Archive for Intercept

The Book Booth: Lawn Mowing Edition



Image: from Children's Book Council

The Book Booth is a weekly feature at The Political Carnival, relating news, notes, and reflections from the world of books and publishing.  It is written by @SeattleDan and SeattleTammy, operators of an on-line bookstore (which you can find here) , who have been in the book business since shortly after the Creation, or close to 6000 years now.

The Book Booth: Lawn Mowing Edition

We finally broke down and purchased an new electric mower a couple of weeks ago. Generally I like to see our yard meadow out, which is certainly more colorful, but our neighbors, and the city government, aren't so happy when we allow that to happen. So I mowed the lawn mid-week, before our first summer rain. And I'll have to do it again before the 4th of July as fireworks are legal in our town, and I'd rather not have a lawn fire. But two hours of mowing (we have a large back yard) takes a lot out of an aging and soon to be grumpy man.

I know that the solstice just happened, and we're really just beginning summer. But that won't stop us from looking forward to the autumn and the new books coming. Publishers Weekly has the fall book preview here and includes a new memoir from Bruce Springsteen and novels from Jonathan Safran Foer, Michael Chabon and Zadie Smith. Read more about them here.

PW also featured these debut novels arriving later in the year, and you may want to check out these young writers.
Debut Novels by Young Writers

The 112th anniversary of Bloomsday has now come and passed and Joyceans around the world celebrated the day Leopold Bloom traveled around Dublin's fair city. Louis Menard explored for the New Yorker why Ulysses is no longer shocking to us after all these years, and talks about a new book by Tasha Lewis who did art for every page of the work in her Illustrating James Joyce's Ulysses in Eight Weeks.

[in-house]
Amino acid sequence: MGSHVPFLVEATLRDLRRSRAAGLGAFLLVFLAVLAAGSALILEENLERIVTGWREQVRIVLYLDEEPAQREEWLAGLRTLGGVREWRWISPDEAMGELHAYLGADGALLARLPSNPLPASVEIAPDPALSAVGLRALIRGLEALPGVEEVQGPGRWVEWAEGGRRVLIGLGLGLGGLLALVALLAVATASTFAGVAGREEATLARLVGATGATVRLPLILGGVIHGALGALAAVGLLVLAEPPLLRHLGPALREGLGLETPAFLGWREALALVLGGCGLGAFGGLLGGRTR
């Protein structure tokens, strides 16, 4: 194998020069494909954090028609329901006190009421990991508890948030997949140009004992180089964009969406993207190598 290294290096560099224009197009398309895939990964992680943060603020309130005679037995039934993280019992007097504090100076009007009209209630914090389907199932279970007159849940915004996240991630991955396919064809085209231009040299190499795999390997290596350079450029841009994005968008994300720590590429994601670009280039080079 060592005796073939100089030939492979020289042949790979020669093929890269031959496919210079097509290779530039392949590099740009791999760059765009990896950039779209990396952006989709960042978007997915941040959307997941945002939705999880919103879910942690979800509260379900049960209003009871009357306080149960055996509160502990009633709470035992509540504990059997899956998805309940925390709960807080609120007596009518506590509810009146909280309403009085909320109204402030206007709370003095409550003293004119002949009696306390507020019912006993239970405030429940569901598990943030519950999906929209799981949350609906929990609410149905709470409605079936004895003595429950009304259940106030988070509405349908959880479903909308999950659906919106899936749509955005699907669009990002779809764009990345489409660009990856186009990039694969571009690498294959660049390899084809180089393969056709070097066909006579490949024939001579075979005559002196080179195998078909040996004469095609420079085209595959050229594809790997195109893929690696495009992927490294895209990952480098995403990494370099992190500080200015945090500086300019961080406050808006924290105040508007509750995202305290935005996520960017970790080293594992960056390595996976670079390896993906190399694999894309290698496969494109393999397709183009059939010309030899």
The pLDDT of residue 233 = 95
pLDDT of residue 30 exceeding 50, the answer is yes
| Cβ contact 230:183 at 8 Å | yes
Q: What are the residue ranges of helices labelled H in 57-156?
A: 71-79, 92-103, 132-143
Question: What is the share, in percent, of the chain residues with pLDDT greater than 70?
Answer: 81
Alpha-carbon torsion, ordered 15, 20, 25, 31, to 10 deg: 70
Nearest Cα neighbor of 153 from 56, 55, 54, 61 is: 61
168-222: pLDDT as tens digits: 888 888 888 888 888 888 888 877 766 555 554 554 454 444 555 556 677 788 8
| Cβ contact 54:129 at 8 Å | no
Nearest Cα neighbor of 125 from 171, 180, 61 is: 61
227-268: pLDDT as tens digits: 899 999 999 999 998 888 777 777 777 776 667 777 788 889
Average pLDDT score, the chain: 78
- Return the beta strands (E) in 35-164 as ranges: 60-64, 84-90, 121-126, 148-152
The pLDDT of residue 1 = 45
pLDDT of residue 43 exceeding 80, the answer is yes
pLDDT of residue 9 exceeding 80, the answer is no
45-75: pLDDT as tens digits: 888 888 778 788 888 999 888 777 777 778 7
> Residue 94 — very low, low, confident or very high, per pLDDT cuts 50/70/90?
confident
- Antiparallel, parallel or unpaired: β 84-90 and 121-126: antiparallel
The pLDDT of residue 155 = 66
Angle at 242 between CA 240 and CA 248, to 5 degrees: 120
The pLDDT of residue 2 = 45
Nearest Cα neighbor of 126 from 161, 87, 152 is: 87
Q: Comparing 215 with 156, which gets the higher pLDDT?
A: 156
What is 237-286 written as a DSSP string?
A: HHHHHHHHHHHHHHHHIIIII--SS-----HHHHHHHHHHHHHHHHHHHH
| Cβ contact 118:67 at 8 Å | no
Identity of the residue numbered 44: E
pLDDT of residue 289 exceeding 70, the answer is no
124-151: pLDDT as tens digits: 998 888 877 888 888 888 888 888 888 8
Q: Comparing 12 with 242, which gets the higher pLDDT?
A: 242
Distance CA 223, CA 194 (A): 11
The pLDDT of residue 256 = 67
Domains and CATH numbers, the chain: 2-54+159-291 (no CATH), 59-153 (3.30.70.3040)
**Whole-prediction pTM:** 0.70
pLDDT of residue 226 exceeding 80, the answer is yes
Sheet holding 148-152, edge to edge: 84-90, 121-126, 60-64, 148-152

Thoughts on Ulysses

Mary Shelley's Frankenstein remains a much-pondered and taught work in colleges around the world. Here novelist Francine Prose looks at the origins of the work and the social context in which the book was written.
Mary Shelley's Frankenstein - Origins and Context

The stories of Arthur Conan Doyle about detective Sherlock Holmes have been adapted to nearly all media. One of Charlie Chaplin's earliest roles was on the English stage in a play about Holmes. And of course films and radio. Here OpenCulture has radio adaptations, starring John Gielgud and Ralph Richardson for your listening pleasure.
Sherlock Holmes on the Wireless

From Farrar Straus Giroux's blog Work in Progress, take a look at an excerpt from Terry Tempest Williams' new book on the national parks, titled The Hour of Land.
An Excerpt from The Hour of Land

And while we are discussing the "classics", Daniel Mendelsohn offered this essay for the New York Review of Books, reviewing the intersection of the arts and civic life, which he argues has been mostly lost to us, but was integral to ancient Athenians, for whom tragedy could, indeed, save the polis.
The Interception of the Arts and Civic Life.

At the Millions, Michael Bourne wonders what kind of literary critic and defender of the Western Canon Donald Trump would make. And with all things Trump, it is scary.

Have a great weekend, read lots and let us know what great books have got their hooks in you.


The Book Booth: Dad's Day Edition